Huber v. Huber

Annotate this Case

131 Ind. App. 96 (1960)

164 N.E.2d 651


No. 19,145.

Court of Appeals of Indiana.

Filed March 2, 1960.

Rehearing denied April 12, 1960.

Transfer denied October 3, 1960.

*98 Richard P. Tinkham, John F. Beckman, Jr., Gerald L. Cooley and Tinkham, Beckman & Kelly, of counsel, all of Hammond, for appellants.

J. Edward Barce, John W. Barce, of Kentland, Arthur E. Letsigner and Geo. E. Hershman, both of Crown Point, for appellees.


The appellees, who were the plaintiffs below, filed their complaint in three paragraphs against the appellants, the defendants below, to set aside four deeds executed by one Henry J. Huber, conveying four parcels of land in Hammond, Indiana, to the appellants. The first paragraph alleged that the appellants, through the exercise of undue persuasion and importunity and undue corrupt and overpowering influence, procured the deeds conveying the property from Henry Huber; the second paragraph alleged that the defendants fraudulently and with the intent to cheat the appellees, conspired together to induce said Henry Huber to convey said real estate; the third paragraph alleged that the appellants, knowing of the weak and enfeebled condition of Henry Huber, and of his inability to manage his own affairs, induced and persuaded him to execute the said deeds. It was further alleged that the appellants had been managing and collecting rents on said properties, and requested an accounting.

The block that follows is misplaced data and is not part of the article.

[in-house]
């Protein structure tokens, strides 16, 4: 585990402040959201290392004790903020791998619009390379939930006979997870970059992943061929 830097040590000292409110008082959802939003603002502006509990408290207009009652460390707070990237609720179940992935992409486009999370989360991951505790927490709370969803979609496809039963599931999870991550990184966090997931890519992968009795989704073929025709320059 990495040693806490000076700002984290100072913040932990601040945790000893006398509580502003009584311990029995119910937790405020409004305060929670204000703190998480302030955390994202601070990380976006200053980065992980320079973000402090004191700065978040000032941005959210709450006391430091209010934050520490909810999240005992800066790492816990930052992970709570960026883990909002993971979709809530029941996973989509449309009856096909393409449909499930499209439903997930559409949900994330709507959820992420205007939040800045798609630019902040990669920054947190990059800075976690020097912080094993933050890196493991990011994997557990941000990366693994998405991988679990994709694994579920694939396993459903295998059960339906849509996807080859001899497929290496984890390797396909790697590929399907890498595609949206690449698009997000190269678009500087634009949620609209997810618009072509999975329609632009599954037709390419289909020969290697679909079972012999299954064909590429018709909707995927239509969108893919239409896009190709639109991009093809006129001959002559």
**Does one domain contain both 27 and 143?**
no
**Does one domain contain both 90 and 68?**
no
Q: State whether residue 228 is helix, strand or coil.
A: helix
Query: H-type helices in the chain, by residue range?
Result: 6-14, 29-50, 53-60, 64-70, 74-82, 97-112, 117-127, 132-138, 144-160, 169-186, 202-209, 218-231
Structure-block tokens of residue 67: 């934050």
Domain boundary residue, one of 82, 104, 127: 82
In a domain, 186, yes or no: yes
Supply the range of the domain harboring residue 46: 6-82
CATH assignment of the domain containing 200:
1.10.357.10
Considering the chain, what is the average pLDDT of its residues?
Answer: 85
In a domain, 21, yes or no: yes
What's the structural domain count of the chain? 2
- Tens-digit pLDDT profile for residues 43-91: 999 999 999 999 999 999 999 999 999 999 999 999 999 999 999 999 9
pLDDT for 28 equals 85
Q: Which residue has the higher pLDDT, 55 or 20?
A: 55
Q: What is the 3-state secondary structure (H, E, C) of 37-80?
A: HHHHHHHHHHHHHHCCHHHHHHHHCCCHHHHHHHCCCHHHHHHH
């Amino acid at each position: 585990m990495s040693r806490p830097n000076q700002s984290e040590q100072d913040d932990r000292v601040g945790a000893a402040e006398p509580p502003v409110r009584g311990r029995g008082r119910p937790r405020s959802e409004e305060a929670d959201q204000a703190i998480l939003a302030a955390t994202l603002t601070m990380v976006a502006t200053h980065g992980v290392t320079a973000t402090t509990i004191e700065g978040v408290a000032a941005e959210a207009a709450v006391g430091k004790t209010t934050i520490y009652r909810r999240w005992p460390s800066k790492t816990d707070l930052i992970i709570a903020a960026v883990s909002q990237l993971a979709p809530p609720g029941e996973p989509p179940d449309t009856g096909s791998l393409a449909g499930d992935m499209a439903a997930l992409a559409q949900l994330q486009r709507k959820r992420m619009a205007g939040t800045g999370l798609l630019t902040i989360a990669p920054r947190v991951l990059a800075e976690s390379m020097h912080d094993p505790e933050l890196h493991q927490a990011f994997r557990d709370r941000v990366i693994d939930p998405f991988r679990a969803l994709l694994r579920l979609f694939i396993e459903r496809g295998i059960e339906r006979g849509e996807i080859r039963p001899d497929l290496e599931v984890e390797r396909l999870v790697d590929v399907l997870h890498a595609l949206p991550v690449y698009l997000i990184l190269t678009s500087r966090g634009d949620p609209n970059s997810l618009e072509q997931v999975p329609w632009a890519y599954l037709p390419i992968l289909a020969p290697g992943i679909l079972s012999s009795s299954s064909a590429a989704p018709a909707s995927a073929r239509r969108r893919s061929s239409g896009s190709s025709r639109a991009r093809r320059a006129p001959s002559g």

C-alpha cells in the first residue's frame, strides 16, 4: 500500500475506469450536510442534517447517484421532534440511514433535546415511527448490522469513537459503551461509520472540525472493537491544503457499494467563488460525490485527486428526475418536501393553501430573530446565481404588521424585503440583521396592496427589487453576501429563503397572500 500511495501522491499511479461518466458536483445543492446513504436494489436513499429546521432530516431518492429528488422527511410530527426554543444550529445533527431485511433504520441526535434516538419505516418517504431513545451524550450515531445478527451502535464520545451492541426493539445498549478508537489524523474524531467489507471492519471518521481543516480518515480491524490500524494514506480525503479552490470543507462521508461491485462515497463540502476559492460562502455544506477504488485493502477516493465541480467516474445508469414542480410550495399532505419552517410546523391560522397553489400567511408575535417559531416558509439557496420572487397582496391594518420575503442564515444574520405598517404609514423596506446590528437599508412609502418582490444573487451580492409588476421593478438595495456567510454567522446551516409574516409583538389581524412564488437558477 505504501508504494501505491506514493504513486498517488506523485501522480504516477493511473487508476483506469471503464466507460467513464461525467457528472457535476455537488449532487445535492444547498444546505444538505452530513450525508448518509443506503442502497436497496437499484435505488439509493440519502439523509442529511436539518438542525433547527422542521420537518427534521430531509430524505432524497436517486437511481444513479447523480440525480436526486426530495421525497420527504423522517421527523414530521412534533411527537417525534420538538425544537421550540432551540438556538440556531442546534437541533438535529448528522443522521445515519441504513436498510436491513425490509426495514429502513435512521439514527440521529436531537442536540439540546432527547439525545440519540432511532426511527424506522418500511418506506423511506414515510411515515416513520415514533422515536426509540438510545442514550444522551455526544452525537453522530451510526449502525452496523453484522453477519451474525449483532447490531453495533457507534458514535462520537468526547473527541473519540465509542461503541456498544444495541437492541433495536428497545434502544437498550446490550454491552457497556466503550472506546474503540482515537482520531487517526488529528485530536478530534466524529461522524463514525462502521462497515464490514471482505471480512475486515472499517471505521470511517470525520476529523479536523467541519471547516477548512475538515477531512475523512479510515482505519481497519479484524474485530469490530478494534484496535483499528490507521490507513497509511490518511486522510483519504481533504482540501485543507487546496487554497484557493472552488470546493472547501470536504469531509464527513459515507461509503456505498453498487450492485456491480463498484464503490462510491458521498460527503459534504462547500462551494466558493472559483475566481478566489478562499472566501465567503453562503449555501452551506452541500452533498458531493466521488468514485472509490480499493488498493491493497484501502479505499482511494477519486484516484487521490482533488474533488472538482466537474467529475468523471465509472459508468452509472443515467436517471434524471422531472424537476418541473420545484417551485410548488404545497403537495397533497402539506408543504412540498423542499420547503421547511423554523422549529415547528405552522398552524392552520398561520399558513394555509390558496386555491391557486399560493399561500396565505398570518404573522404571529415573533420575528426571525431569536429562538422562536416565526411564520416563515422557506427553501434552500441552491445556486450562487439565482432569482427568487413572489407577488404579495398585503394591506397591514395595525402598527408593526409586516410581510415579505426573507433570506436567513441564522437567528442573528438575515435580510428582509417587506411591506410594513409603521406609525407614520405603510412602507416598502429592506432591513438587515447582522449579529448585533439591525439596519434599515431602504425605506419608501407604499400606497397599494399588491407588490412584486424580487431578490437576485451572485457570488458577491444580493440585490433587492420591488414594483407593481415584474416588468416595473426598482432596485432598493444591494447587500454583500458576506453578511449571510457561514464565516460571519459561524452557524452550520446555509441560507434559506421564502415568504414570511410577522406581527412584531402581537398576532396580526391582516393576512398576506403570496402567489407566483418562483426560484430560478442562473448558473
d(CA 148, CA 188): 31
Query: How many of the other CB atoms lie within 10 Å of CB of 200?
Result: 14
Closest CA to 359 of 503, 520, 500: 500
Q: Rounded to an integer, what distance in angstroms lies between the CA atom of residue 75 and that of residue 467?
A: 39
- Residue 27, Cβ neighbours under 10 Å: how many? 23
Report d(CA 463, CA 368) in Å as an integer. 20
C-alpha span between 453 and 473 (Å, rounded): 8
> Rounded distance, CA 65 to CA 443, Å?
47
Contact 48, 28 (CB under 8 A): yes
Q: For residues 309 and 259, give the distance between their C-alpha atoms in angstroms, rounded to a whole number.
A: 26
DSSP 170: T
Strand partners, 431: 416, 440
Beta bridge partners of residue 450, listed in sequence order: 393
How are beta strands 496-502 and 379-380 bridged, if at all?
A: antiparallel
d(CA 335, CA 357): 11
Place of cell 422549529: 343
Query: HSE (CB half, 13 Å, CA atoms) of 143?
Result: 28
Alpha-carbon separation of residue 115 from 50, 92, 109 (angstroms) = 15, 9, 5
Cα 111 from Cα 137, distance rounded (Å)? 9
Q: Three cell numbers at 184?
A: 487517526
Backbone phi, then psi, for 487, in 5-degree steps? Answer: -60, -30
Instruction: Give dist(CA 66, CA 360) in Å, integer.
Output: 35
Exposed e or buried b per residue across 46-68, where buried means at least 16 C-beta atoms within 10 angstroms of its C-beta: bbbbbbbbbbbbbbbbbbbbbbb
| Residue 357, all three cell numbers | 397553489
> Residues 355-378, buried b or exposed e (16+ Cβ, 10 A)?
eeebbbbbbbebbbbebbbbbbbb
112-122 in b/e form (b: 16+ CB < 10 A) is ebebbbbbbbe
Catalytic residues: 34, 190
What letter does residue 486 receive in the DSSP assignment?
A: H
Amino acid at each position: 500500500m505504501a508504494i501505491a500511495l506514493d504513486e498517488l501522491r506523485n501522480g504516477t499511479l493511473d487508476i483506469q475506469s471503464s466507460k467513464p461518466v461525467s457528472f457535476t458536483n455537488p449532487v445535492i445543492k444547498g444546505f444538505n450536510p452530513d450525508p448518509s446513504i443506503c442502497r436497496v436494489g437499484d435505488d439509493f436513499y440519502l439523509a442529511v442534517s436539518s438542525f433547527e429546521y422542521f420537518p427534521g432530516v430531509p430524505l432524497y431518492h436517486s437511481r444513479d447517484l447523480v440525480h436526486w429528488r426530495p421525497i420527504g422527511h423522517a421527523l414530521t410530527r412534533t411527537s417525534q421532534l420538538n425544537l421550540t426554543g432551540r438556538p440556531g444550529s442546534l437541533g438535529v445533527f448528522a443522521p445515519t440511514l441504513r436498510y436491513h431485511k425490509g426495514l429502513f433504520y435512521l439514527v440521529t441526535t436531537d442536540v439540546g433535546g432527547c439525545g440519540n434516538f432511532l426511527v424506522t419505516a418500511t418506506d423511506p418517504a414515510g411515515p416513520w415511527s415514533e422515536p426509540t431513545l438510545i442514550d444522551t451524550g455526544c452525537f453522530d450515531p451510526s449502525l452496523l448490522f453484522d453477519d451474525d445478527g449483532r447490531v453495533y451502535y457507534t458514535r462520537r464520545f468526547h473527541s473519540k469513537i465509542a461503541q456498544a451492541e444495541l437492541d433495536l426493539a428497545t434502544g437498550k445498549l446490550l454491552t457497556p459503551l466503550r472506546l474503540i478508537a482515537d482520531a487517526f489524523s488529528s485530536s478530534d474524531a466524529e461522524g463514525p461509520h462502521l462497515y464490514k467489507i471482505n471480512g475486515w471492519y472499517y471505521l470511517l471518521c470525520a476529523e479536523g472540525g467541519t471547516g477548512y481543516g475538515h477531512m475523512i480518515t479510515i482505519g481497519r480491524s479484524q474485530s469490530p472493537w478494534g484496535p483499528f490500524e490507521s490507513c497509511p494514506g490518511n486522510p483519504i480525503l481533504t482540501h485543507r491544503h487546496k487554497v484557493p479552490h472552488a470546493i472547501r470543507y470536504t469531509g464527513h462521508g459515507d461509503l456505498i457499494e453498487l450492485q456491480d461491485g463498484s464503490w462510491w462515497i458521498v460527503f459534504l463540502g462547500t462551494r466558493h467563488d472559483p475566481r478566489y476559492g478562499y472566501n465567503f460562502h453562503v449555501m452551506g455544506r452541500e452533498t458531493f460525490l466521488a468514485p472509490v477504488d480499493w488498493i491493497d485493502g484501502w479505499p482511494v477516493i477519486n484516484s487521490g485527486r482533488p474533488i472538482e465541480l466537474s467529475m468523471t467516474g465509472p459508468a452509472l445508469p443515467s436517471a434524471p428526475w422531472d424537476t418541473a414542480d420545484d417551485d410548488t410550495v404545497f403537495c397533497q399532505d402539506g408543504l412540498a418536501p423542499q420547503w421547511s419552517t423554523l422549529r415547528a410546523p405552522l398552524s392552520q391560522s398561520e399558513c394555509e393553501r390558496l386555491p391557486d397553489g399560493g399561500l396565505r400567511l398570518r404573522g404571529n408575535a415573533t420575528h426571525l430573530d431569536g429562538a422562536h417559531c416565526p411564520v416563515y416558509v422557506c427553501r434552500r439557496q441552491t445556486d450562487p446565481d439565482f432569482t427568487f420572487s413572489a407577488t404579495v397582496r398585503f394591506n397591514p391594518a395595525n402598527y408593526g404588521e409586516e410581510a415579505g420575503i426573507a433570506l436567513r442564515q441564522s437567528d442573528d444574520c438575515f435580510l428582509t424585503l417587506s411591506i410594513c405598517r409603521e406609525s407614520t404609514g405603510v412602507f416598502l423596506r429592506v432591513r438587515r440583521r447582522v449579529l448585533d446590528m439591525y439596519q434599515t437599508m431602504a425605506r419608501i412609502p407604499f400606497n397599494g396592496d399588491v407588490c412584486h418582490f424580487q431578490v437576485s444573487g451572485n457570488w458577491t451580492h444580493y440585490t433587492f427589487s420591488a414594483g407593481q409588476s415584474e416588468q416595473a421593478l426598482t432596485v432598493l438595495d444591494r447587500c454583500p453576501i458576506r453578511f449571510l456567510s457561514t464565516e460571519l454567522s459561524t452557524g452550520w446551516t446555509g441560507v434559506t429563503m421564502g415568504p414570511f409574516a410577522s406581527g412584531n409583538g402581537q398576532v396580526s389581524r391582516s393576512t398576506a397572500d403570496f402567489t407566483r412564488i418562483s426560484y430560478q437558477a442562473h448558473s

The appellants are all brothers and sisters and in-laws *99 of Henry J. Huber, and the appellees are all nephews and nieces. Trial was had by the court, without the intervention of a jury, and judgment was rendered for the appellees, setting aside the four deeds, and granting a money judgment to appellees for their share of the rentals collected by appellants. The court in its finding stated: